Science Fair Project Encyclopedia
Democratic National Convention
The Democratic National Convention is a series of presidential nominating conventions held every four years administered by the Democratic National Committee of the United States Democratic Party. As a national affair, the meeting is attended by delegates from all fifty U.S. states as well as delgates from American dependencies and territories such as Puerto Rico. Like the Republican National Convention, the Democratic National Convention marks the formal end of the primary election period and the start of the general election season.
Today, the party's presidential nominee is chosen in a series of individual state caucuses and primary elections. Due to the nature of how the caucuses and elections are scheduled, the party's presidential nominee is usually known months before the Democratic National Convention is gaveled to order. Historically however, the choice of the party's presidential nominee was usually not known until the last evening of the Democratic National Convention. The choice was an often contentious debate that riled the passions of party leaders. Delegates were forced to vote for a nominee repeatedly until someone could capture a minimum number of delegates needed.
Backroom deals by party bosses were normal and often resulted in compromise nominees that became known as dark horse candidates. Dark horse candidates were people who never imagined they would run for President until the last moments of the convention. Dark horse candidates were chosen in order to break deadlocks between more popular and powerful prospective nominees that blocked each other from gaining enough delegates to be nominated. The most famous dark horse candidate nominated at a Democratic National Convention was James Knox Polk who was chosen to become the candidate for President only after being added to the eighth and ninth delegate ballots.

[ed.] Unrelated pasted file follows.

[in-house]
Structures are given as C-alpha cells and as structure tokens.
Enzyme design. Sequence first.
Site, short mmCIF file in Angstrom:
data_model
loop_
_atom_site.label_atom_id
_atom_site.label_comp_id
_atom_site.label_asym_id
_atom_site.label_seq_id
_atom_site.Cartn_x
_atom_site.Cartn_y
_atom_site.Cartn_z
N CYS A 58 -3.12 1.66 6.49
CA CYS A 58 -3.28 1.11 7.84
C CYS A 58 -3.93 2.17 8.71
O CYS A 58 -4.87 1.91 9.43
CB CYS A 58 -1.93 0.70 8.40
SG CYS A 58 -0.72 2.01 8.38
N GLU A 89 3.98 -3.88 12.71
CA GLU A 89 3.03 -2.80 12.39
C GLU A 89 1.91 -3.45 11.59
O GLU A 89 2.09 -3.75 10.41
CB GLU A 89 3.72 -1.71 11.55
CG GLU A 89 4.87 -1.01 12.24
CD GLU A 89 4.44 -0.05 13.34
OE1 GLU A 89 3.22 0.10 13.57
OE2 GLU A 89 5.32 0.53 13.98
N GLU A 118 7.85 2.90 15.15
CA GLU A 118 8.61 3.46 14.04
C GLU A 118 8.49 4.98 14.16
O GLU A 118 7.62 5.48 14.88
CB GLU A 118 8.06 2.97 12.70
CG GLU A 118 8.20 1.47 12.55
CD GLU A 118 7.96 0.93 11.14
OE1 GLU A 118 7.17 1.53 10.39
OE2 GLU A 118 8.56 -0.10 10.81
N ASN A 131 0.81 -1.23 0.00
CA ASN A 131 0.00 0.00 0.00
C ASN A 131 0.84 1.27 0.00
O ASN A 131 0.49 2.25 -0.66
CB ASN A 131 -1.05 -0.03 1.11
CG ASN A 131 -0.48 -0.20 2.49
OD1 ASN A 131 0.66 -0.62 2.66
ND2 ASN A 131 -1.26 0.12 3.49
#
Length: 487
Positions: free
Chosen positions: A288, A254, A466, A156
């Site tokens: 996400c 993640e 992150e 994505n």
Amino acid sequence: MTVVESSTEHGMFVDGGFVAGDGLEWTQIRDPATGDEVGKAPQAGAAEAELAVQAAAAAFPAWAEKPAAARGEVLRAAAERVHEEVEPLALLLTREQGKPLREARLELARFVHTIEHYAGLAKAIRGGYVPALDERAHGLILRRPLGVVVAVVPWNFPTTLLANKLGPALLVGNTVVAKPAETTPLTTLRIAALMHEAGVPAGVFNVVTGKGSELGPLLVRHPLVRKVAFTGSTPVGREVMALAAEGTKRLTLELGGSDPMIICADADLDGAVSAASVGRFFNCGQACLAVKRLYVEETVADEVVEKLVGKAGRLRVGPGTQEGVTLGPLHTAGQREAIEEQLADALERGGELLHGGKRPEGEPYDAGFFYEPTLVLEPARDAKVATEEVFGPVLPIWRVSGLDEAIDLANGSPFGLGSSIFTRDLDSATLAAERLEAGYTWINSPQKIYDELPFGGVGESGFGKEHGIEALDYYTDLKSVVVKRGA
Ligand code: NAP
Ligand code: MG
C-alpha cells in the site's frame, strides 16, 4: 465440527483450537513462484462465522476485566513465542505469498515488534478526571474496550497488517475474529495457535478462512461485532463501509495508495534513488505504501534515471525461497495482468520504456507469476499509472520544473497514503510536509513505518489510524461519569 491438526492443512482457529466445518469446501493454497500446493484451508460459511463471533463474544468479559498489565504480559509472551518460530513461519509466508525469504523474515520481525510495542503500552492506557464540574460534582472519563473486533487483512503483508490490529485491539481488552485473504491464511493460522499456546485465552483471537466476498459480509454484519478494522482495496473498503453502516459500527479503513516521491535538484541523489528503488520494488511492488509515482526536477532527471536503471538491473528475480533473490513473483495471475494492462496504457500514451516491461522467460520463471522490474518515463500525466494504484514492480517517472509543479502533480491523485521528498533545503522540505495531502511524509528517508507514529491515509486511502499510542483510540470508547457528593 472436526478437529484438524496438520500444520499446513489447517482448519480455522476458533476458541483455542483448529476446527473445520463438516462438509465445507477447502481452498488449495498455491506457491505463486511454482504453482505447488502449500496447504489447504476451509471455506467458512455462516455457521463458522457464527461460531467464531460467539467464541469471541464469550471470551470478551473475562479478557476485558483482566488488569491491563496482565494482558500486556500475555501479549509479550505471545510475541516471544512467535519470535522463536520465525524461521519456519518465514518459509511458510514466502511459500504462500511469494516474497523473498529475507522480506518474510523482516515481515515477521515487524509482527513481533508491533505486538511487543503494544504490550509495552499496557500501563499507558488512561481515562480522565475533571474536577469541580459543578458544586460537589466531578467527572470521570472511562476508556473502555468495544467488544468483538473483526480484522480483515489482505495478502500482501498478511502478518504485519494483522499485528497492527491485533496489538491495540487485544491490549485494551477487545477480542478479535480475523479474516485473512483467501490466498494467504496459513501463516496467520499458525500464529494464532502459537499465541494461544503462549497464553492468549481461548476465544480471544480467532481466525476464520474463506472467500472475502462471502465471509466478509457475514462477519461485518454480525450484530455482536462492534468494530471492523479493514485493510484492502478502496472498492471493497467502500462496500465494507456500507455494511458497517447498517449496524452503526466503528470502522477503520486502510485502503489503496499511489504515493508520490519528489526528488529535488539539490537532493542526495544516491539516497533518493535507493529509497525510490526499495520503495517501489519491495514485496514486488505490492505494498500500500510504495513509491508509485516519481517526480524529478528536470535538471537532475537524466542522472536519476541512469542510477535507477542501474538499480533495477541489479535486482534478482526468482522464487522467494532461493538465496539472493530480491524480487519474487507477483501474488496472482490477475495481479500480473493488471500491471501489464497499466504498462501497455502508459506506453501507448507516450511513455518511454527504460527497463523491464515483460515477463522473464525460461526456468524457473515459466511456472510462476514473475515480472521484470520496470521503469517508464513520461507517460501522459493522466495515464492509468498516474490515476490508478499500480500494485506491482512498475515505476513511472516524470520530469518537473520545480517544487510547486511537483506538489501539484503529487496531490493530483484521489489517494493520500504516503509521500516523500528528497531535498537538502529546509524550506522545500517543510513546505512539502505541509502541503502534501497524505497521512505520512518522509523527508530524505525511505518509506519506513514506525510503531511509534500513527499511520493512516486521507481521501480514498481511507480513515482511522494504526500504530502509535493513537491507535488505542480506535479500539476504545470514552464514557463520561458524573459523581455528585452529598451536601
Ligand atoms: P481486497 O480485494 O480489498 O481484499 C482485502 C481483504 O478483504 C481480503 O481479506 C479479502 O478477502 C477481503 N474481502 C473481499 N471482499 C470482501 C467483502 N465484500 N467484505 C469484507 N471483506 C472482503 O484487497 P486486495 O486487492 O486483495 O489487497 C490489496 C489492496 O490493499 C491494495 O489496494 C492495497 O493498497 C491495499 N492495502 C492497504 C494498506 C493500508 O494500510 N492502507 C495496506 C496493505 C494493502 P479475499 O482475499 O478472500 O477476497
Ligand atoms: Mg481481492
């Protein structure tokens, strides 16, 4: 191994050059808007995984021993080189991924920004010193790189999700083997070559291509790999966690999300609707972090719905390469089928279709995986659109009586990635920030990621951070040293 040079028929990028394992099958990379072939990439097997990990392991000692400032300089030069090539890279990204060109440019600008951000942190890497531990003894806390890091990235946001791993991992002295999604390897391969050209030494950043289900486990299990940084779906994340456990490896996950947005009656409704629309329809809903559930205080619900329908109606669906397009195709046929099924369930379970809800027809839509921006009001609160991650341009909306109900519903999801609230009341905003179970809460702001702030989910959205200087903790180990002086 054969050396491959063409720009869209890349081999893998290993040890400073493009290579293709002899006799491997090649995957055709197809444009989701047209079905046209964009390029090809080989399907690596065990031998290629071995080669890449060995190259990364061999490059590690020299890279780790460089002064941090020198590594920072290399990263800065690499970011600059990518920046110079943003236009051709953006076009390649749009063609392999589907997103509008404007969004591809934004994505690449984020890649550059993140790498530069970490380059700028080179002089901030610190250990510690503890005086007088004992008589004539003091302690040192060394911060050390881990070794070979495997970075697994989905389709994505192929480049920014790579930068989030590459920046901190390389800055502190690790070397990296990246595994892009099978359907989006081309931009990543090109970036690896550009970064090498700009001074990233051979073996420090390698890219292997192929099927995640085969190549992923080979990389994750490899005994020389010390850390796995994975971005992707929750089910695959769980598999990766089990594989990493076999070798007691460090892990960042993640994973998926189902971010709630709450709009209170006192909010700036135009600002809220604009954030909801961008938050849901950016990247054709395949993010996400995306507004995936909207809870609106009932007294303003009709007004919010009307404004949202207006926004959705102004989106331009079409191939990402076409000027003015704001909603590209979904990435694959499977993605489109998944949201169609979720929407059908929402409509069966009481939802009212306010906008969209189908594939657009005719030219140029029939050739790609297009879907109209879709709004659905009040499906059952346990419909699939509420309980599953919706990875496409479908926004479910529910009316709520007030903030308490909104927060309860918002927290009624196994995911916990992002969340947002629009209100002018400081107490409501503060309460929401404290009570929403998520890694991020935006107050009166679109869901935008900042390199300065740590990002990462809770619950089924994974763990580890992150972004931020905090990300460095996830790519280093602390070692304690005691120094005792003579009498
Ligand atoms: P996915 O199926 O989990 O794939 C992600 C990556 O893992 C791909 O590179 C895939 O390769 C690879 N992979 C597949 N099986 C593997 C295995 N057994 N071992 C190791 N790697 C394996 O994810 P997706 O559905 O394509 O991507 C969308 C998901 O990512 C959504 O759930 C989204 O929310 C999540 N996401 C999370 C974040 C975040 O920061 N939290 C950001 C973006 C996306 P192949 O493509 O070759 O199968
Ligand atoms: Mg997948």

The first Democratic National Convention was held in 1832. In that year the infamous 2/3 rule was created, requiring a 2/3 majority to nominate a candidate for president, in order to show the party's unanimous support of Andrew Jackson. Although this rule was waived in the 1836 and 1840 conventions, in 1844 it was revived by opponents of former President Martin Van Buren, who had the support of a majority, but not a super-majority, of the delegates, in order to prevent him from receiving the nomination. The rule then remained in place for almost the next hundred years, and often led to Democratic National Conventions which dragged on endlessly, most famously in 1924 when "Wets" and "Drys" deadlocked between preferred candidates Alfred E. Smith and William G. McAdoo for 99 ballots before finally agreeing on John W. Davis as a compromise candidate. The 2/3 rule was finally abolished in 1936, when the unanimity in favor of the renomination of President Franklin Roosevelt allowed it finally to be put to rest. In the years that followed only one convention (1952) actually went beyond a single ballot, although this may be more attributable to changes in the nominating process itself than to the rules change.
William Jennings Bryan delivered his "Cross of Gold" speech at the 1896 convention. The most historically notable convention of recent memory was the 1968 Democratic National Convention in Chicago, Illinois, which was fraught with highly emotional battles between conventioneers and Vietnam war protesters and a notable outburst by Chicago mayor Richard J. Daley. Following the 1968 convention, in which many reformers had been disappointed in the way that Vice President Hubert Humphrey, despite not having competed in a single primary, easily won the nomination, a commission headed by Senator George McGovern reformed the Democratic Party's nominating process to increase the power of primaries in choosing delegates in order to increase the democracy of the process. Not entirely coincidentally, McGovern himself won the nomination in 1972, and in the years since the convention has generally played a declining role in actually determining who the nominee will be, instead generally resulting in the installment of a candidate whose nomination was already made inevitable by victories in the primaries.
The most recent DNC was held in Boston, Massachusetts at the TD Banknorth Garden, then called FleetCenter, from July 26 to 29, 2004. The convention created traffic problems for the Boston area as cars were diverted around the proximity of the convention for security purposes.
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